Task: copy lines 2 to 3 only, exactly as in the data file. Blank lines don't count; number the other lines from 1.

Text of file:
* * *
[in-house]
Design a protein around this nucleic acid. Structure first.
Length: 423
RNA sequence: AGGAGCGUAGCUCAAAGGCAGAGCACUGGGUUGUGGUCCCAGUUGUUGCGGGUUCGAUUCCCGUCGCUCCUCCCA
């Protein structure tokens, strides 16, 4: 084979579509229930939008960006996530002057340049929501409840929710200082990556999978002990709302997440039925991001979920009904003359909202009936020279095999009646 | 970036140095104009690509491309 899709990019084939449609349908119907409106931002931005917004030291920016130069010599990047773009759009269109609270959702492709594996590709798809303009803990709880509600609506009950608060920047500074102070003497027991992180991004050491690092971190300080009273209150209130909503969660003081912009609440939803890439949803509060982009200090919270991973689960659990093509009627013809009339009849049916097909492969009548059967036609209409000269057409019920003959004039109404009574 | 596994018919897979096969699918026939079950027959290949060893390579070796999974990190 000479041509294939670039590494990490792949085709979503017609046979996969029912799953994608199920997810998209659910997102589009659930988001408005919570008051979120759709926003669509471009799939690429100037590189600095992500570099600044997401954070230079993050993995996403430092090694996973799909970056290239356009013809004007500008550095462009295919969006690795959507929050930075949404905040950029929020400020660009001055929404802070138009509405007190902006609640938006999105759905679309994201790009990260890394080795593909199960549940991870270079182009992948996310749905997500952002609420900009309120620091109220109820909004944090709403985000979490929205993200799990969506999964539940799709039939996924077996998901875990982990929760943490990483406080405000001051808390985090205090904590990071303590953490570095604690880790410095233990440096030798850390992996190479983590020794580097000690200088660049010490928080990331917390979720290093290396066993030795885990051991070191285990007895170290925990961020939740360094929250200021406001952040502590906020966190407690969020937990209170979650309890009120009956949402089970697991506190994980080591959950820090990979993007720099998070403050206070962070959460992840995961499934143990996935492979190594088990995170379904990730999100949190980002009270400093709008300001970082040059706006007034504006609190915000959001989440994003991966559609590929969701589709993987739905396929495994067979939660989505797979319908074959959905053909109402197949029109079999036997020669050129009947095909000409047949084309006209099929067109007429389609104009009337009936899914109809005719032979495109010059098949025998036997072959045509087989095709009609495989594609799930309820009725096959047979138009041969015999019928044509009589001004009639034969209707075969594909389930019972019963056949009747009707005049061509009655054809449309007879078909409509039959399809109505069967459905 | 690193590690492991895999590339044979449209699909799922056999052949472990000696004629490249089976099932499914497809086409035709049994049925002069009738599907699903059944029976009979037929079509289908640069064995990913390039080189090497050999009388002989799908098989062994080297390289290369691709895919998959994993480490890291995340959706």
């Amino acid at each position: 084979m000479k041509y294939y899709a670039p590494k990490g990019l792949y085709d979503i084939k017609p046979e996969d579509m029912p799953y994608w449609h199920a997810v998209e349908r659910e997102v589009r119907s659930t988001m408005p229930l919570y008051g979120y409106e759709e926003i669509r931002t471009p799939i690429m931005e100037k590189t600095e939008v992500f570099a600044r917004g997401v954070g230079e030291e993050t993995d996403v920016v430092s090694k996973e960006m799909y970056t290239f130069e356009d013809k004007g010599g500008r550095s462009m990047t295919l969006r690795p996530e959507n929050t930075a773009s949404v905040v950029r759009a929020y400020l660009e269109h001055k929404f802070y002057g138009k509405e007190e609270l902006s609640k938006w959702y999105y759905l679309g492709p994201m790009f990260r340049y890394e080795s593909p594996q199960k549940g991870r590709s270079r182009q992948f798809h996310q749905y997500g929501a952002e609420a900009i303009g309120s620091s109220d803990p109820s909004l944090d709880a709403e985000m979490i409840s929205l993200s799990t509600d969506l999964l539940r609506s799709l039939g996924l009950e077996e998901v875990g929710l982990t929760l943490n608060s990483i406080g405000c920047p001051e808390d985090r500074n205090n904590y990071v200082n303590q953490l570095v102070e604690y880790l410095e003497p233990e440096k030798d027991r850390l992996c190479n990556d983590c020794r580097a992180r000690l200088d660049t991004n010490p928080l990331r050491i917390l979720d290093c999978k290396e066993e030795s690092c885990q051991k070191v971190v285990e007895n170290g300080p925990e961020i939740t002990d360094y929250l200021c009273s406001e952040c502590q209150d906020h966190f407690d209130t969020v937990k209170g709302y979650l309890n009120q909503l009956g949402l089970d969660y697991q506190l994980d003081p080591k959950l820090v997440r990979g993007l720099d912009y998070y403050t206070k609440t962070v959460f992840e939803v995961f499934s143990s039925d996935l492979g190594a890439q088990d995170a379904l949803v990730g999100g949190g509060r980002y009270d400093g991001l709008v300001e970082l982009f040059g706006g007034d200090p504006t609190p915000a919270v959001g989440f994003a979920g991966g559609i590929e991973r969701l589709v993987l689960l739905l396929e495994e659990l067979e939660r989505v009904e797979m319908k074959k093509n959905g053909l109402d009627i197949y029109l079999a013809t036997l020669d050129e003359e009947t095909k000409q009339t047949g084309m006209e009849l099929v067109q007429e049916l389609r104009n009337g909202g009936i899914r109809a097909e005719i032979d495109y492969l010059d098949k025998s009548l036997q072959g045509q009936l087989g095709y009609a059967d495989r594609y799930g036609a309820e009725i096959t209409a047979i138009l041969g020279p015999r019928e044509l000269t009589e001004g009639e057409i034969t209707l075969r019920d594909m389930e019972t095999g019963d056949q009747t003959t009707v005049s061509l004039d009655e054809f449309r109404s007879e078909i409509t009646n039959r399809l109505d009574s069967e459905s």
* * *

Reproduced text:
Design a protein around this nucleic acid. Structure first.
Length: 423